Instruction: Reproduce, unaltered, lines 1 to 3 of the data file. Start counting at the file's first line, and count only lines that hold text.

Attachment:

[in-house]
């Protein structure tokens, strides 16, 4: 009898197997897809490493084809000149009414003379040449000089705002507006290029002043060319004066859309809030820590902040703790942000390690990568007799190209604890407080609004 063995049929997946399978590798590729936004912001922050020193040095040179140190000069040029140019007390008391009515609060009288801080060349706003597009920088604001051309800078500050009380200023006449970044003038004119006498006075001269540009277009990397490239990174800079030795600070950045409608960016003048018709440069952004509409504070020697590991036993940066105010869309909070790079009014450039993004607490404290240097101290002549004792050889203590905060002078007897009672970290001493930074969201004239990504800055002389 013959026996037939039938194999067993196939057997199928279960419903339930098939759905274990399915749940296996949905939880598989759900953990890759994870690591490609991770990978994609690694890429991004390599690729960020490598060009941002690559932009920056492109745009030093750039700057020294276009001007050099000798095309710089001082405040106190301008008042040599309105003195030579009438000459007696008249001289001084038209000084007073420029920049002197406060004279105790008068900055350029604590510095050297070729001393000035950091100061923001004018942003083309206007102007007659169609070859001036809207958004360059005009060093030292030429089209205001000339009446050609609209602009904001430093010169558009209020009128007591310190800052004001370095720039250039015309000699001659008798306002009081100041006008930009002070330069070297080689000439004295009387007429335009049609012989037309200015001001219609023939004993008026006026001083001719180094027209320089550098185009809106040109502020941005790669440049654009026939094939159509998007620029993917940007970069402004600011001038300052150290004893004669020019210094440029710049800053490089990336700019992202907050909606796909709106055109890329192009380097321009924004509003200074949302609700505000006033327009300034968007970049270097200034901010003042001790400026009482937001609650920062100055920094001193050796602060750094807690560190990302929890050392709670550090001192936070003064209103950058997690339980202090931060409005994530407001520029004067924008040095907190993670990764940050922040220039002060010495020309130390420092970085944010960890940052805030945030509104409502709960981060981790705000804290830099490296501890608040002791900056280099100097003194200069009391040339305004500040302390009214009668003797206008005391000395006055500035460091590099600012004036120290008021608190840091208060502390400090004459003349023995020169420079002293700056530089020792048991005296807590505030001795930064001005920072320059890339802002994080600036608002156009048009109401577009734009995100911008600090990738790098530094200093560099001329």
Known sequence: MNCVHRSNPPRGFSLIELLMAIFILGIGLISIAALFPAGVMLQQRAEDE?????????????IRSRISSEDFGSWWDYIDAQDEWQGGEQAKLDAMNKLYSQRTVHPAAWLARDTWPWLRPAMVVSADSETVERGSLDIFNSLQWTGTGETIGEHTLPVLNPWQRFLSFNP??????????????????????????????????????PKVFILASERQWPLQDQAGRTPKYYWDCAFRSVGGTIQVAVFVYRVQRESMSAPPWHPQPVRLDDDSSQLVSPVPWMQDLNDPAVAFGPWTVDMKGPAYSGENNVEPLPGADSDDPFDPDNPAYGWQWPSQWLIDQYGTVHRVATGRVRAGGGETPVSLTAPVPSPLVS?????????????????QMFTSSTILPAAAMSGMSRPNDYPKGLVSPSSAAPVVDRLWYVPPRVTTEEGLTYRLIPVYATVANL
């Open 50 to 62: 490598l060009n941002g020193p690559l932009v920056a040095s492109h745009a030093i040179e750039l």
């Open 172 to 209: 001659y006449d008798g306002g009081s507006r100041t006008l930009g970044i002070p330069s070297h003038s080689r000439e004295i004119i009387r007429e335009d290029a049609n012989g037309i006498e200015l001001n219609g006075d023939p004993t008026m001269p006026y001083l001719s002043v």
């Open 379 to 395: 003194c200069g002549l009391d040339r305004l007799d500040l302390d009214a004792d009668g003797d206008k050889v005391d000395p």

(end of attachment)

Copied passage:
[in-house]
């Protein structure tokens, strides 16, 4: 009898197997897809490493084809000149009414003379040449000089705002507006290029002043060319004066859309809030820590902040703790942000390690990568007799190209604890407080609004 063995049929997946399978590798590729936004912001922050020193040095040179140190000069040029140019007390008391009515609060009288801080060349706003597009920088604001051309800078500050009380200023006449970044003038004119006498006075001269540009277009990397490239990174800079030795600070950045409608960016003048018709440069952004509409504070020697590991036993940066105010869309909070790079009014450039993004607490404290240097101290002549004792050889203590905060002078007897009672970290001493930074969201004239990504800055002389 013959026996037939039938194999067993196939057997199928279960419903339930098939759905274990399915749940296996949905939880598989759900953990890759994870690591490609991770990978994609690694890429991004390599690729960020490598060009941002690559932009920056492109745009030093750039700057020294276009001007050099000798095309710089001082405040106190301008008042040599309105003195030579009438000459007696008249001289001084038209000084007073420029920049002197406060004279105790008068900055350029604590510095050297070729001393000035950091100061923001004018942003083309206007102007007659169609070859001036809207958004360059005009060093030292030429089209205001000339009446050609609209602009904001430093010169558009209020009128007591310190800052004001370095720039250039015309000699001659008798306002009081100041006008930009002070330069070297080689000439004295009387007429335009049609012989037309200015001001219609023939004993008026006026001083001719180094027209320089550098185009809106040109502020941005790669440049654009026939094939159509998007620029993917940007970069402004600011001038300052150290004893004669020019210094440029710049800053490089990336700019992202907050909606796909709106055109890329192009380097321009924004509003200074949302609700505000006033327009300034968007970049270097200034901010003042001790400026009482937001609650920062100055920094001193050796602060750094807690560190990302929890050392709670550090001192936070003064209103950058997690339980202090931060409005994530407001520029004067924008040095907190993670990764940050922040220039002060010495020309130390420092970085944010960890940052805030945030509104409502709960981060981790705000804290830099490296501890608040002791900056280099100097003194200069009391040339305004500040302390009214009668003797206008005391000395006055500035460091590099600012004036120290008021608190840091208060502390400090004459003349023995020169420079002293700056530089020792048991005296807590505030001795930064001005920072320059890339802002994080600036608002156009048009109401577009734009995100911008600090990738790098530094200093560099001329």
Known sequence: MNCVHRSNPPRGFSLIELLMAIFILGIGLISIAALFPAGVMLQQRAEDE?????????????IRSRISSEDFGSWWDYIDAQDEWQGGEQAKLDAMNKLYSQRTVHPAAWLARDTWPWLRPAMVVSADSETVERGSLDIFNSLQWTGTGETIGEHTLPVLNPWQRFLSFNP??????????????????????????????????????PKVFILASERQWPLQDQAGRTPKYYWDCAFRSVGGTIQVAVFVYRVQRESMSAPPWHPQPVRLDDDSSQLVSPVPWMQDLNDPAVAFGPWTVDMKGPAYSGENNVEPLPGADSDDPFDPDNPAYGWQWPSQWLIDQYGTVHRVATGRVRAGGGETPVSLTAPVPSPLVS?????????????????QMFTSSTILPAAAMSGMSRPNDYPKGLVSPSSAAPVVDRLWYVPPRVTTEEGLTYRLIPVYATVANL